Why so Unhappy? The Effects of Unionisation on Job Satisfaction
We use linked employer-employee data to investigate the job satisfaction effect of unionisation in Britain. We depart from previous studies by developing a model that simultaneously controls for the endogeneity of union membership and union recognition. We show that a negative association between membership and satisfaction only emerges where there is a union recognised for bargaining, and that such an effect vanishes when the simultaneous selection into membership and recognition is taken into account. We also show that ignoring endogenous recognition would lead to conclude that membership has a positive effect on satisfaction. Our estimates indicate that the unobserved factors that lead to sorting across workplaces are negatively related to the ones determining membership and positively related with those generating satisfaction, a result that we interpret as being consistent with the existence of queues for union jobs.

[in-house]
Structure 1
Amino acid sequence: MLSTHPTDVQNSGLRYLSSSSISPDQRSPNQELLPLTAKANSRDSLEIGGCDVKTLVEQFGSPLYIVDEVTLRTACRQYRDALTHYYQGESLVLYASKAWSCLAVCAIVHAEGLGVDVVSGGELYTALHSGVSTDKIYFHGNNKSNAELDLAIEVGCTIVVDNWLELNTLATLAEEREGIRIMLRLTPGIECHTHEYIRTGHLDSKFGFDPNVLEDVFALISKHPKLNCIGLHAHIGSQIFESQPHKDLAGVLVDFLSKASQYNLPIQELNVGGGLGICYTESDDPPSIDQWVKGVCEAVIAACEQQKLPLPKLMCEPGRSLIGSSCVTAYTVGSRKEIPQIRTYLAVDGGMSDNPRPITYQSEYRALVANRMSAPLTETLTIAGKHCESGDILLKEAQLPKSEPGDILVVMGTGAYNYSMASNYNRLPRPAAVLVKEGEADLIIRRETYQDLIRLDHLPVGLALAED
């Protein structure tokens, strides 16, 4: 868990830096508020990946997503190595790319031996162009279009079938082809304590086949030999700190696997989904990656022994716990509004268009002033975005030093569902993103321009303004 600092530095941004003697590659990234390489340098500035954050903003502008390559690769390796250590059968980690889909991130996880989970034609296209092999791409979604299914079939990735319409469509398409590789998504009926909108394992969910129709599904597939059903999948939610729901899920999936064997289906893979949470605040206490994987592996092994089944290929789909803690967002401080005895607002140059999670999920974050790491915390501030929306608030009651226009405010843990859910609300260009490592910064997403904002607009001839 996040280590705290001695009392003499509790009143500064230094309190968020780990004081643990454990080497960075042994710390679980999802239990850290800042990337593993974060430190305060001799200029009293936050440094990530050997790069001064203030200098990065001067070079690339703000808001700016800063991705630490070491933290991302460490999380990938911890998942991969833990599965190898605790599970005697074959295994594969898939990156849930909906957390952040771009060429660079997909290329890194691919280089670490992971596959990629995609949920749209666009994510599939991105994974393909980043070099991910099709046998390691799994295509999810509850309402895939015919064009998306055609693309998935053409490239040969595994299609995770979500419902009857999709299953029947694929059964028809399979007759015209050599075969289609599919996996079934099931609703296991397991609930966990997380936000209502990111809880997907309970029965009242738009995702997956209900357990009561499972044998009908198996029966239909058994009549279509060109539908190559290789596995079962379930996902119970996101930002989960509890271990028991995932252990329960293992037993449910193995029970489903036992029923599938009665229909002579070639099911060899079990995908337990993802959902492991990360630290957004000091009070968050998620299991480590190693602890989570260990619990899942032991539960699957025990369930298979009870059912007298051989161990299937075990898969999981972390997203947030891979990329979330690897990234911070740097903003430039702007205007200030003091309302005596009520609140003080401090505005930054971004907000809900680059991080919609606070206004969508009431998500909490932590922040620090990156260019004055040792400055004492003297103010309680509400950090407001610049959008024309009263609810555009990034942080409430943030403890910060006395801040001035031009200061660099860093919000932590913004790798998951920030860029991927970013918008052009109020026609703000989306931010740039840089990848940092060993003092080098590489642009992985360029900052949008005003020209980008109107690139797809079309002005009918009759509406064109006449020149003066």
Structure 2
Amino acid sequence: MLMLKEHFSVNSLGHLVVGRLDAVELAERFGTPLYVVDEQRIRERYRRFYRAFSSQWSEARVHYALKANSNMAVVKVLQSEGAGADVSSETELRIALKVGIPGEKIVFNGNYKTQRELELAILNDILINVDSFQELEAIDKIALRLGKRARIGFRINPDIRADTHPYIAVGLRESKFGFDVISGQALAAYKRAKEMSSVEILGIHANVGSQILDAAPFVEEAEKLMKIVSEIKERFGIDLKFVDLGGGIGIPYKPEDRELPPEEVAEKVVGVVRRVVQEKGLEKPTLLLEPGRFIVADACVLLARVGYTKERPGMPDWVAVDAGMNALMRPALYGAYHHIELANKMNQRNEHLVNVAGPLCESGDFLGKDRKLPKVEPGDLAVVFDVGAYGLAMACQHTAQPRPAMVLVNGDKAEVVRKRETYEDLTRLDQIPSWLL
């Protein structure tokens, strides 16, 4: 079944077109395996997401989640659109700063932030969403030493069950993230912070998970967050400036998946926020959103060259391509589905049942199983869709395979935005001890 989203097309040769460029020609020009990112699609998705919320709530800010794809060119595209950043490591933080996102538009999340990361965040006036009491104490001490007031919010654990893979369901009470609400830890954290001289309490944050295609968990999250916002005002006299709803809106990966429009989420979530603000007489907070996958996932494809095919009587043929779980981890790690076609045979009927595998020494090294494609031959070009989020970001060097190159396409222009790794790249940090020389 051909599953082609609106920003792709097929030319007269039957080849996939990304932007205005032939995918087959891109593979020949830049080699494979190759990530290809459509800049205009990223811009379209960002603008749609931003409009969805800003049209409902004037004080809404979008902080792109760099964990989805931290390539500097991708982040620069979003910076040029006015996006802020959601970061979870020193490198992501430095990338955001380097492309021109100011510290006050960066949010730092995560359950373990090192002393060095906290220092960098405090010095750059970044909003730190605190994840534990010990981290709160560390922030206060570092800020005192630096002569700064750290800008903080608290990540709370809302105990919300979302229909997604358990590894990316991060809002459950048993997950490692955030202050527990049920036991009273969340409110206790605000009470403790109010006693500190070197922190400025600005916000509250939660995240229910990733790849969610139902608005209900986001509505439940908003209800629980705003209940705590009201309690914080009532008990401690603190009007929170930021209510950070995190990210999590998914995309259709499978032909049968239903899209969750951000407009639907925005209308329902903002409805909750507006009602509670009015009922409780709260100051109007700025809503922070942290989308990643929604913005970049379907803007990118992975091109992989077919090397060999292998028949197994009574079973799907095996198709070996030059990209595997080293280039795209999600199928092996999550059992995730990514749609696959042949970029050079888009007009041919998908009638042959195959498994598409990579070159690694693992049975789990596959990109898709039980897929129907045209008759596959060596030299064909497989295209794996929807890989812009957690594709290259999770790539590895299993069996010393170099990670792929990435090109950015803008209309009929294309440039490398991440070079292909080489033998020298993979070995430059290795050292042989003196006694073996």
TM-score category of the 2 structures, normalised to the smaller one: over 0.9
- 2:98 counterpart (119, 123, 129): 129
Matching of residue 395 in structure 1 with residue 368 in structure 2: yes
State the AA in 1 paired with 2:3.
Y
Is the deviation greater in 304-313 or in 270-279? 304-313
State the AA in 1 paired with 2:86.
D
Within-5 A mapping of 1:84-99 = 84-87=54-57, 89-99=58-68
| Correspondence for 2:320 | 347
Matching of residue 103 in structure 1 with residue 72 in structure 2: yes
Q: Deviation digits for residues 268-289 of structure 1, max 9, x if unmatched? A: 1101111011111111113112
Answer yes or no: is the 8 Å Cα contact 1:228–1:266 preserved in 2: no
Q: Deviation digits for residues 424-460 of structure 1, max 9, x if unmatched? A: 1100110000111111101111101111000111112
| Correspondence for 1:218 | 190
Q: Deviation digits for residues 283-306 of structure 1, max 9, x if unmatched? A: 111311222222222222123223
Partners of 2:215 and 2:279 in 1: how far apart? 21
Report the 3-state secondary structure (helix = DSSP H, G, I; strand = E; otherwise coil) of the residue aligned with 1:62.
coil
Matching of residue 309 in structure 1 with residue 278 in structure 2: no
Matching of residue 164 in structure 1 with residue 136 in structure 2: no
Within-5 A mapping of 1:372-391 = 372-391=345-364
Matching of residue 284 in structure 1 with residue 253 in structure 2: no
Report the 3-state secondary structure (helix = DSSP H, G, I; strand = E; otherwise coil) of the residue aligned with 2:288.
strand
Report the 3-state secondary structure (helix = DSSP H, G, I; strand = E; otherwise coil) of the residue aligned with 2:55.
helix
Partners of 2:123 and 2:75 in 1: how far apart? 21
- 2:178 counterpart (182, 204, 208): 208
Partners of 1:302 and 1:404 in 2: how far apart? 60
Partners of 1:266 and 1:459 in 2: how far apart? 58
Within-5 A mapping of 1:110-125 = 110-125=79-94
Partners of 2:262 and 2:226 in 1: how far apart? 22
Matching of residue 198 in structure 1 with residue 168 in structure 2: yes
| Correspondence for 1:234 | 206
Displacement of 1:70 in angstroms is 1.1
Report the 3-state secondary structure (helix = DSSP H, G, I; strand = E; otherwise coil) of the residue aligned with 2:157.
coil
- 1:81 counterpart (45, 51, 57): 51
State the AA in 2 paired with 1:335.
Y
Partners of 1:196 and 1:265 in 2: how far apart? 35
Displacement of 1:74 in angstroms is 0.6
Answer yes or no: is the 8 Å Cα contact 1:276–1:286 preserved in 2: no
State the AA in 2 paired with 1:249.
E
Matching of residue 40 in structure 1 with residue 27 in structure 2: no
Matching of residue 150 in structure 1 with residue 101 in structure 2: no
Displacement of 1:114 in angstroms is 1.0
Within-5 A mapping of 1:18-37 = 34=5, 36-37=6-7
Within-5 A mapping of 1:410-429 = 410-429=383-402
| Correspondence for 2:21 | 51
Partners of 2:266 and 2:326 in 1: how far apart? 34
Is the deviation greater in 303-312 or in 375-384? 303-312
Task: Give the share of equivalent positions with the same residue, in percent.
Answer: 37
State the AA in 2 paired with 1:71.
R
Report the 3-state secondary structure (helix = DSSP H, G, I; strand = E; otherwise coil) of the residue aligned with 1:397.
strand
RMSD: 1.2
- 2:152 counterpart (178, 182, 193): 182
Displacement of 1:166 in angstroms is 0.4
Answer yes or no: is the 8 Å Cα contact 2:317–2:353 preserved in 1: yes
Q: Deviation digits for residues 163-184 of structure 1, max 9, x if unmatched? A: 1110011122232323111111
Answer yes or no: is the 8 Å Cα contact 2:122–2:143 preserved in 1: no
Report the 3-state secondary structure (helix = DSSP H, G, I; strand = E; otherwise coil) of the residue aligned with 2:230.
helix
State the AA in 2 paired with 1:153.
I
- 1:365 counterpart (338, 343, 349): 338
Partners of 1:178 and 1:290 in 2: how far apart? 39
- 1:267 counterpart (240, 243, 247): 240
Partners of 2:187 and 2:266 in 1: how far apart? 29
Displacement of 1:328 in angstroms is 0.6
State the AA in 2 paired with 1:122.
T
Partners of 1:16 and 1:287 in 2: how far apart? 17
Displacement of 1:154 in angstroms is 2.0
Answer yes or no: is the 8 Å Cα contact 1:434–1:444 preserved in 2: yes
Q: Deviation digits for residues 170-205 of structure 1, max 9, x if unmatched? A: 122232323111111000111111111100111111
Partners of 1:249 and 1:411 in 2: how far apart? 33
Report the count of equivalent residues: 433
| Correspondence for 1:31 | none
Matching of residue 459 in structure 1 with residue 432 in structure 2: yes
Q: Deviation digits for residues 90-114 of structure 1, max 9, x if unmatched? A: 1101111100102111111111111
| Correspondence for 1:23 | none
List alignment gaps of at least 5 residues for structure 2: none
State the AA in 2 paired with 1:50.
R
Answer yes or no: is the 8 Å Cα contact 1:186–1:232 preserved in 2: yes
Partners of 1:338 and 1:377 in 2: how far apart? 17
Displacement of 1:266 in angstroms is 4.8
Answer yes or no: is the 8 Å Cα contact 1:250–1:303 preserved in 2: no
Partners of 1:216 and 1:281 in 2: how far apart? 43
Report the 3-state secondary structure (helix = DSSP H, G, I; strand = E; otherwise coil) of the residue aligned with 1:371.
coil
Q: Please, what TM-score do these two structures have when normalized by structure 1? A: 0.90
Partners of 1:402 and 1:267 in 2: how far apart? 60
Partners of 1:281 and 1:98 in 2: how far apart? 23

|Date of creation:||2005|
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- Alex Bryson & Lorenzo Cappellari & Claudio Lucifora, 2004.
"Does Union Membership Really Reduce Job Satisfaction?,"
British Journal of Industrial Relations,
London School of Economics, vol. 42(3), pages 439-459, September.
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- Bryson, Alex & Gomez, Rafael, 2003. "Segmentation, switching costs and the demand for unionization in Britain," LSE Research Online Documents on Economics 4947, London School of Economics and Political Science, LSE Library.
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